During the small hours of December 11, 1964, the Negro singing star Sam Cooke met his abrupt end in a cheap Los Angeles motel. In enraged pursuit of a woman he’d just checked in with, Cooke broke down the motel’s office door. He was wearing only his shoes, undershorts, and suit jacket. The night manager, a fifty-two-year-old black woman, shot him, and then beat him lifeless with a stick. She’d been alone in the office. The woman Cooke was chasing had taken his pants and fled into the street.
When the police arrived, they found him on the floor, wedged between a desk and the unhinged door. He was half upright, slumping forward, as if in a stupor: one leg splayed, the other tucked, eyes closed, head resting on a bloodied wall. His body lay in the city’s morgue for a day and a half, another bit of flotsam washed up from the wreckage of a Thursday night in Watts. Local authorities gave the matter perfunctory attention. The New York Times consigned its brief account of Cooke’s death to page thirty-four.
Only the breathless Negro press, which had charted the progress of Cooke’s career as though it were a pilgrimage, could apply the proper noirish touches to this B-movie scenario’s last wrenching twist. “He died there, one shoe on, the other a few feet away,” Ebony magazine reported. “Outside, its motor still running, sat his $14,000 tomato-red Ferrari, under a sign advertising the motel’s rooms as, ‘$3 and up.'”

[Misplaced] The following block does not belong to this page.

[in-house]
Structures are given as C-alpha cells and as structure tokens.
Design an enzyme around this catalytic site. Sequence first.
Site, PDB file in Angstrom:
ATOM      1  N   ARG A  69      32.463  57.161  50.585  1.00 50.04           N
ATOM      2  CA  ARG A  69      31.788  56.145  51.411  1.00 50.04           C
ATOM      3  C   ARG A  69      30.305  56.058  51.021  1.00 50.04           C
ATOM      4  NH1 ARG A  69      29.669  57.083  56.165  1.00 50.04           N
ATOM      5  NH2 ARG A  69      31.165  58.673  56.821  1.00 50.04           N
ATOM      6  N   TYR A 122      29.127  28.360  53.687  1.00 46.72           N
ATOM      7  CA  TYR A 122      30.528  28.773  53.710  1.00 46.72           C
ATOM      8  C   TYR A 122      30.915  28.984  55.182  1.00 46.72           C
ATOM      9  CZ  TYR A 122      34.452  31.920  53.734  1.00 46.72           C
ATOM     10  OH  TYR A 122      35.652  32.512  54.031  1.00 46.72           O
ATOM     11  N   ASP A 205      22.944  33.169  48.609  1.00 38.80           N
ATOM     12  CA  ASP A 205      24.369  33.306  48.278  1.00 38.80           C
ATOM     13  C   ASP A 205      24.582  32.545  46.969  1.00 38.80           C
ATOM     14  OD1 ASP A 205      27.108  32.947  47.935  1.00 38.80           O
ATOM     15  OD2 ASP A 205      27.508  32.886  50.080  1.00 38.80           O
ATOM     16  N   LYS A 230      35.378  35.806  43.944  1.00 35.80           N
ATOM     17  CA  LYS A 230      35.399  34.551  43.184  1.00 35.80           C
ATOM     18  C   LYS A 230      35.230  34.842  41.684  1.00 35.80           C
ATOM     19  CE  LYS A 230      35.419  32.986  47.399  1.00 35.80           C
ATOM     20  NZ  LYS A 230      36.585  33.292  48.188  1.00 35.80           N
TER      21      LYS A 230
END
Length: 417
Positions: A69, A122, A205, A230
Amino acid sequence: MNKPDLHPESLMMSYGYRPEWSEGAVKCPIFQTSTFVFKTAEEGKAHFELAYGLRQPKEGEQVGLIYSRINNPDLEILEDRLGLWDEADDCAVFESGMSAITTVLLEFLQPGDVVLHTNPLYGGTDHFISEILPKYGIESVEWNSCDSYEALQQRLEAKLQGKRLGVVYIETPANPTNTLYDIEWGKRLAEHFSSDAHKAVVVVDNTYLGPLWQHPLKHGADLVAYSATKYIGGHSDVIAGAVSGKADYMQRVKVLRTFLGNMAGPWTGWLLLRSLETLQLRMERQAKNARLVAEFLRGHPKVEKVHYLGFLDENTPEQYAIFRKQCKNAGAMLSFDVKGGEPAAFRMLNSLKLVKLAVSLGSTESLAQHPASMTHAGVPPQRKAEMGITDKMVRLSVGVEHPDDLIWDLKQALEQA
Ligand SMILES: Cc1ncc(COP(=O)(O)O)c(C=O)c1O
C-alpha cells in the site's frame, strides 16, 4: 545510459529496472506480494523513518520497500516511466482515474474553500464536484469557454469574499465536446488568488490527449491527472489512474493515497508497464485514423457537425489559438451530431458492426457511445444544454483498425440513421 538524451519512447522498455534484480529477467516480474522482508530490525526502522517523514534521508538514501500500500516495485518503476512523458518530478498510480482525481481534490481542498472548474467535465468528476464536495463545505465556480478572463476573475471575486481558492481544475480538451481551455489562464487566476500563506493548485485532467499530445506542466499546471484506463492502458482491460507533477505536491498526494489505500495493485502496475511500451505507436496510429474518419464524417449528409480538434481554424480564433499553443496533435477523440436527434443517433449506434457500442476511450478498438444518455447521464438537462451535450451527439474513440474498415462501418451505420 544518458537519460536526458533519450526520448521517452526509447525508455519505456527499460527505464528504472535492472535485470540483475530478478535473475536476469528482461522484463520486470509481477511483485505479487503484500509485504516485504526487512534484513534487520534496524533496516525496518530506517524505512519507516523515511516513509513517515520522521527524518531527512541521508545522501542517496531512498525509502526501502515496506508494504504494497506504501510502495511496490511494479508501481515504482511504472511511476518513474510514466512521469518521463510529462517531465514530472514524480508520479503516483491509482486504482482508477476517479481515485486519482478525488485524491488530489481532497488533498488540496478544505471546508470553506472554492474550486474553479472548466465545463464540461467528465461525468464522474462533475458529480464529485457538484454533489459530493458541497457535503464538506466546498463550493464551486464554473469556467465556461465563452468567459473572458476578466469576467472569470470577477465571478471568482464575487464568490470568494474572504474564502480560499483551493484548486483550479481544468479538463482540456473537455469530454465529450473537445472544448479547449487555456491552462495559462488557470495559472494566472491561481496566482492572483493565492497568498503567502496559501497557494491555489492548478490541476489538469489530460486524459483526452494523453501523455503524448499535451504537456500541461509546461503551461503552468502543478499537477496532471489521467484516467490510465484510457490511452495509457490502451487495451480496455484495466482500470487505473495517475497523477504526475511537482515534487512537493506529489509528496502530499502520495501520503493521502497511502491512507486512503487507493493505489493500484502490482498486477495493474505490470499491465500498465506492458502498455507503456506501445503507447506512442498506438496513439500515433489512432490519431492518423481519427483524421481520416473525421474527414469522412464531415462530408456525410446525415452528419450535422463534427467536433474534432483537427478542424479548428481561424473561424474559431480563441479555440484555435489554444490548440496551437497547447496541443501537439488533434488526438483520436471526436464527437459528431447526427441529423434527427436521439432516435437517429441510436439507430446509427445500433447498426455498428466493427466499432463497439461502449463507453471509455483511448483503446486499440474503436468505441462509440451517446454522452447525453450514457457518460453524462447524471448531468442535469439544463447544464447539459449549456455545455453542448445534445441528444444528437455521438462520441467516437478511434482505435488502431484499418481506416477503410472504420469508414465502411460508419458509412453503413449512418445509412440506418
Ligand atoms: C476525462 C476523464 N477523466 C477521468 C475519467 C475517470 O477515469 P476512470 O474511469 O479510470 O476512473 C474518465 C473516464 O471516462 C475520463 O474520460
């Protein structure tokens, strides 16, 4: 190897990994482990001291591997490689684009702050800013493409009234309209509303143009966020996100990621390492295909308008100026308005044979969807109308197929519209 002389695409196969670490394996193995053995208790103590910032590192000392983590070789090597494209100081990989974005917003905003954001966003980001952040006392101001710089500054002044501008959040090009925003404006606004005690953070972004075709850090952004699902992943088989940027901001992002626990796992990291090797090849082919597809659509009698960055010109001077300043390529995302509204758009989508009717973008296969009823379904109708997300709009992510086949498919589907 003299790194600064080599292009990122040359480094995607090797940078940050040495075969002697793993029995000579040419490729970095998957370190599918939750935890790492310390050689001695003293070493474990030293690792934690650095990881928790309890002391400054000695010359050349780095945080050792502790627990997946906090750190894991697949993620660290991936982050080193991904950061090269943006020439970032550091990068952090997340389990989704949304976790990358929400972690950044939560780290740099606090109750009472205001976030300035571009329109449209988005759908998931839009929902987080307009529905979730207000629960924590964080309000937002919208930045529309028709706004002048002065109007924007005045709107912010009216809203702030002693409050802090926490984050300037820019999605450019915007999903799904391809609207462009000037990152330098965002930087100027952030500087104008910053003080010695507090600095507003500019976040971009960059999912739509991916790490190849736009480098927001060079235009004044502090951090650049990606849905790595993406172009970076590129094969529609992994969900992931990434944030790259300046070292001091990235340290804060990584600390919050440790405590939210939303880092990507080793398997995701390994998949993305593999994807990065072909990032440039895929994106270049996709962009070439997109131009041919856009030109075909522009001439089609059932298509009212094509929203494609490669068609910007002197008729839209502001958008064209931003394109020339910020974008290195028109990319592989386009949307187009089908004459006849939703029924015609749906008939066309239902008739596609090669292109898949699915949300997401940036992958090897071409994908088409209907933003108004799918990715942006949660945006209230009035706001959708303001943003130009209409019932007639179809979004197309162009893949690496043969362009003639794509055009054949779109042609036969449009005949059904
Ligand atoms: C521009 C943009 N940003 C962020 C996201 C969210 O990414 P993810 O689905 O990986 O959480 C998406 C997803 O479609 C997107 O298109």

In the black America of 1964, Cooke was a personage grand enough for two funerals. Thirty-five patrol cars and fifty policemen in Chicago couldn’t keep a throng of six thousand from caving in the plate-glass windows of the funeral parlor where his body was displayed like a specimen in a natural history museum, encased in a bronze-inlaid casket with a glass cover.
His corpse was flown back to Los Angeles, where it played to packed houses in daylong continuous showings for several days. Street vendors hawked photographs taken in Chicago of Cooke in his coffin. On the day of his second funeral, residents of the neighborhood around the church blasted his records from open windows. Inside, when a gospel diva fainted and couldn’t go on, Ray Charles stepped out of the back pews to sing in her place, and stirred in men who “wrecked churches” for a living tears enough to weep like children.
The way it ended stained a life that the subtitle of Dream Boogie, Peter Guralnick’s new biography of Cooke, represents as a “triumph.” When they heard how he died, many blacks in the grass roots reflexively winced, and shrank in recoil. As they watched the narrative of his public life unfold, the image of Cooke formed by what they saw on television and read in the Negro press had seemed the embodiment of their collective best self. Its tawdry conclusion mocked the idea they’d had all along that the point of Cooke’s story was what it…
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